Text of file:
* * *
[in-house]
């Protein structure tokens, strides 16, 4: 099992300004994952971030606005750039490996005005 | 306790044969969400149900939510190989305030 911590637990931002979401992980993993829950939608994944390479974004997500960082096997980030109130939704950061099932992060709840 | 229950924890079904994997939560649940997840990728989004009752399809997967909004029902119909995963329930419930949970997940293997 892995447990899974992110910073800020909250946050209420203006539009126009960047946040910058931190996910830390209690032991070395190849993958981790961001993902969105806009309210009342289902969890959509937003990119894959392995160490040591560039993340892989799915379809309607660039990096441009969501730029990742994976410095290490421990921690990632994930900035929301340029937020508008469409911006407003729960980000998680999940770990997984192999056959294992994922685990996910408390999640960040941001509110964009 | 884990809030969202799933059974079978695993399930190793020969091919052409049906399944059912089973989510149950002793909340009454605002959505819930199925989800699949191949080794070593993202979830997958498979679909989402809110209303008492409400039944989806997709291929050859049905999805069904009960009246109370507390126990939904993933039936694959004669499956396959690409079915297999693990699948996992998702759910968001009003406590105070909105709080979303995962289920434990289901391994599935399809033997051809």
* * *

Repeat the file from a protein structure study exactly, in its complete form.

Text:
[in-house]
């Protein structure tokens, strides 16, 4: 099992300004994952971030606005750039490996005005 | 306790044969969400149900939510190989305030 911590637990931002979401992980993993829950939608994944390479974004997500960082096997980030109130939704950061099932992060709840 | 229950924890079904994997939560649940997840990728989004009752399809997967909004029902119909995963329930419930949970997940293997 892995447990899974992110910073800020909250946050209420203006539009126009960047946040910058931190996910830390209690032991070395190849993958981790961001993902969105806009309210009342289902969890959509937003990119894959392995160490040591560039993340892989799915379809309607660039990096441009969501730029990742994976410095290490421990921690990632994930900035929301340029937020508008469409911006407003729960980000998680999940770990997984192999056959294992994922685990996910408390999640960040941001509110964009 | 884990809030969202799933059974079978695993399930190793020969091919052409049906399944059912089973989510149950002793909340009454605002959505819930199925989800699949191949080794070593993202979830997958498979679909989402809110209303008492409400039944989806997709291929050859049905999805069904009960009246109370507390126990939904993933039936694959004669499956396959690409079915297999693990699948996992998702759910968001009003406590105070909105709080979303995962289920434990289901391994599935399809033997051809």